Midwest sailors know about Strictly Sail Chicago.
For four days this January 24-27, Navy Pier becomes a sailor's escape from the cold, dry-dock life we're forced to live the greater part of a year.
Walk into Strictly Sail Chicago and you're immediately surrounded by every like-minded (or wannabe) lover of wind and water, whether it's the competitive sailor (like my husband) or the cautious and fair-weather sailors like me.
Simply put, everyone from young families to Old Goats gather at Strictly Sail Chicago to look, listen and dream about the coming season. Exhibitors, seminars, demonstrations and salty conversations abound, and ANY sailboat-related questions will find (at least one if not more) answers here.
For anyone inclined to cruise, race, timeshare or even just dream about a sailboat, this is the place for you.
One seminar I'll attend is run by one of my favorite people in the world, my friend John Otterbacher, author of SAILING GRACE. His discussion, titled "What Sailing Taught Me About Living," covers his experience of sailing around the world with his family -- and a compromised heart. From the Strictly Sail Chicago Author's Corner description:
"The nature of adventure is that you don’t know how it all turns out.” It is a territory John knows well. He bought his first boat without the benefit of any sailing experience. Three years later he sailed across the Atlantic to spend a summer and fall in the Med with his family. Come winter he did a solo passage back across, from Casablanca to Barbados. After a winter and spring in the Caribbean, he and his family returned to Michigan. Seven years later—“after a series of cardiac misadventures”—he, Barbara and the kids embarked on a six year family cruise that took them across the ocean four times, another 30,000 miles. In John’s words, “Those years and those ocean miles have served up some powerful lessons on living.” I've seen John's presentation before, and it's always moving and inspiring. I'll also attend a talk by Kathy Parsons and Pam Wall about women cruising, as well as the seminar by single dad Peter White and his sons Kai (15) and Liam (11), covering their liveaboard experience after Peter's died.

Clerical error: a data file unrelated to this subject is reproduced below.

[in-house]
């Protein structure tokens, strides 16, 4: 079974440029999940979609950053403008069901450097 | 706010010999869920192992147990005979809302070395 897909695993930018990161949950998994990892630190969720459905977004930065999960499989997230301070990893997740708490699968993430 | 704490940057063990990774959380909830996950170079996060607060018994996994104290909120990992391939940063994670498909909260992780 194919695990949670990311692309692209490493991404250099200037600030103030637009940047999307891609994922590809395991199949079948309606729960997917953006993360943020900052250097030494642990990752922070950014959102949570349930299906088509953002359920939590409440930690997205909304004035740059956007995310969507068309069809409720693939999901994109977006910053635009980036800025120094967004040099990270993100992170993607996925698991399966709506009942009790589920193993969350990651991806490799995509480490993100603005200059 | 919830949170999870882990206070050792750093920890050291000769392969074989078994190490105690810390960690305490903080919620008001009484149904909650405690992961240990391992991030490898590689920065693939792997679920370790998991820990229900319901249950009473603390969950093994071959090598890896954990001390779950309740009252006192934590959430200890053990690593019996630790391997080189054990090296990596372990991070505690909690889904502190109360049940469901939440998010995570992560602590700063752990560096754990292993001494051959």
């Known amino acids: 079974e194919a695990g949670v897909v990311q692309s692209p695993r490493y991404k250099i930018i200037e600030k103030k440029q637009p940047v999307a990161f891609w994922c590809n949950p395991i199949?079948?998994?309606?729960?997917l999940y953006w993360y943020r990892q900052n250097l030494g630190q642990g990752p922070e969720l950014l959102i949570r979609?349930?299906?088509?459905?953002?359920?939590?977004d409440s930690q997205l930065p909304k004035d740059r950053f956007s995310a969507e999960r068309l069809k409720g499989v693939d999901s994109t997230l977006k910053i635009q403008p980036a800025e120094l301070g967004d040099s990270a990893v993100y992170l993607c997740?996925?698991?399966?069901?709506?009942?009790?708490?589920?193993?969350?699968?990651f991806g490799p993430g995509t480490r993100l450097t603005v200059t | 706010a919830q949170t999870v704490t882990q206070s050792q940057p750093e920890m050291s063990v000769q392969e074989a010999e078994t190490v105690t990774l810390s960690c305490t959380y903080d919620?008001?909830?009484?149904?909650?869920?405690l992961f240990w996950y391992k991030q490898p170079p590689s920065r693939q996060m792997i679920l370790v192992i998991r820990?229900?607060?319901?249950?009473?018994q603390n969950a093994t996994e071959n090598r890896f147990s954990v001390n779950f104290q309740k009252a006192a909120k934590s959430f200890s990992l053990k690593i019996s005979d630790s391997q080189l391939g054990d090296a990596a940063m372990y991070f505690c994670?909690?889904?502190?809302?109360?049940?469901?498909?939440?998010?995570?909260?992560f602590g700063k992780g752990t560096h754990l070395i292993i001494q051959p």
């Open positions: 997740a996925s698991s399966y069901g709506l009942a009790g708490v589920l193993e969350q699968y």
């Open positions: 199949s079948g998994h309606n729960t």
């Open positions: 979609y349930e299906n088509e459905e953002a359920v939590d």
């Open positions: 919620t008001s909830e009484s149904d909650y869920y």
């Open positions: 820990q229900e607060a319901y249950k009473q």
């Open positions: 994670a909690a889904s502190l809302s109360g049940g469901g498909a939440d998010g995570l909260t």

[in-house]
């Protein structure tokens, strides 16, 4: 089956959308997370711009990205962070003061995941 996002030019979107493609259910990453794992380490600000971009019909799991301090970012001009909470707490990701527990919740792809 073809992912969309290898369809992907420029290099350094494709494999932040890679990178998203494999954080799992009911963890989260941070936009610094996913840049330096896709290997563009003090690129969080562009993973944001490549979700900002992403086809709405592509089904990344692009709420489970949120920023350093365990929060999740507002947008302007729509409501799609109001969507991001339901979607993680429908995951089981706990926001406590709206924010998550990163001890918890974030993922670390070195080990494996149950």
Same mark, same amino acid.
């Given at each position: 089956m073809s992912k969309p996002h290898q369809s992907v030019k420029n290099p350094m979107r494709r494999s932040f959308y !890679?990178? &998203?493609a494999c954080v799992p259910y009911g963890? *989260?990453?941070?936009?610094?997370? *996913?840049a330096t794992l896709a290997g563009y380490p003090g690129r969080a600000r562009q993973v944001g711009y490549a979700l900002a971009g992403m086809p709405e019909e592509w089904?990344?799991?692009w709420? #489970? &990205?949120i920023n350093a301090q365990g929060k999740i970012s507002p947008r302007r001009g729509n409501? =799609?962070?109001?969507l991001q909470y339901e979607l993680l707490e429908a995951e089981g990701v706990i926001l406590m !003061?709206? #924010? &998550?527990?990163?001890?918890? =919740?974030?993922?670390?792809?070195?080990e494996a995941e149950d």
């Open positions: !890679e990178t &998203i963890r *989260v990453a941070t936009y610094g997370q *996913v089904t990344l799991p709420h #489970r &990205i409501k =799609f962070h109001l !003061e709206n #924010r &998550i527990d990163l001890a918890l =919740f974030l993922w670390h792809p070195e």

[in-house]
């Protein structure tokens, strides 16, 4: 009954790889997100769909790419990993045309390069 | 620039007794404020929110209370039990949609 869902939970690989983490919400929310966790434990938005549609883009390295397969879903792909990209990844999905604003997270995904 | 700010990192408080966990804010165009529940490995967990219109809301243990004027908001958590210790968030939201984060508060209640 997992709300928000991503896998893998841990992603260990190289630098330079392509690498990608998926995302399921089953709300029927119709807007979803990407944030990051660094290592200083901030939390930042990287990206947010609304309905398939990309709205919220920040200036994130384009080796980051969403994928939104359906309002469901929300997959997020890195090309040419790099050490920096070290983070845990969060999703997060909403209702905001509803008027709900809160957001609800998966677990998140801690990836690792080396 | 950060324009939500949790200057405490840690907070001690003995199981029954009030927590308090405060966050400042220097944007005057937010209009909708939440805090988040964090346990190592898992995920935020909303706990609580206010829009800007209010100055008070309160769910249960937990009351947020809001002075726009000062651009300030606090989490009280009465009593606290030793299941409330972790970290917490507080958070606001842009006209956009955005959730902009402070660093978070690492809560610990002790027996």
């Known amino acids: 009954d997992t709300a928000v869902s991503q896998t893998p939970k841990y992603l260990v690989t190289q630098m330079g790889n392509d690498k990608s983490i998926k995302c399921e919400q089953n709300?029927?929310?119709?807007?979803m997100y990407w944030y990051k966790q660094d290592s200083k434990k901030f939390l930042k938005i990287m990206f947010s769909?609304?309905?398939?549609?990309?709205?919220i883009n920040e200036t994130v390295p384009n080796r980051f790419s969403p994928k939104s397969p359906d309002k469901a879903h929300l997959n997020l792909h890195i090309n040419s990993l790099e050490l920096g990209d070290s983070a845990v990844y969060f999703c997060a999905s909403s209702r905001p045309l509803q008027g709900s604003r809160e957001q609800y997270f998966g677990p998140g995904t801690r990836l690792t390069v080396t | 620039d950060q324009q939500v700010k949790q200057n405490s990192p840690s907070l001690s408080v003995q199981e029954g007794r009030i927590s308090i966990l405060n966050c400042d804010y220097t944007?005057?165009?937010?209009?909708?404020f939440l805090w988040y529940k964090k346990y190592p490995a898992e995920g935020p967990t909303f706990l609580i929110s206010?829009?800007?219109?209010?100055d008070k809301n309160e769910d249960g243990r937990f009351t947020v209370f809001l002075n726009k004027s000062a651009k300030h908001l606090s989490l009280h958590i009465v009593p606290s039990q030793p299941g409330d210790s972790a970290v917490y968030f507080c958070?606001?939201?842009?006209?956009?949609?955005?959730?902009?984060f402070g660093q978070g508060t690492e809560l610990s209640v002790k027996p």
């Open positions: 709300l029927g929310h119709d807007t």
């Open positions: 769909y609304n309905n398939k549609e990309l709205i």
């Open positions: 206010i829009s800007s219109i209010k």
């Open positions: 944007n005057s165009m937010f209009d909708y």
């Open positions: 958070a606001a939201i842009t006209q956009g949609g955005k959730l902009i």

The Strictly Sail Chicago experience isn't just for die-hard professionals, life-long sailors or even current boat owners. It's for anyone who appreciates being on or near the water, in the Midwest or elsewhere. It's for anyone like my husband, who falls asleep dreaming about the perfect summer conditions when it's actually 17 degrees outside. It's for kids like mine with various degrees of interest in life afloat: the one who loves sailing as much as his father; the one whose favorite experience is helping to organize a boat re-naming ceremony; and the one who tolerates being on a boat as long as a friend's aboard.
The Chicago Harbors open May 1st. Will you be ready?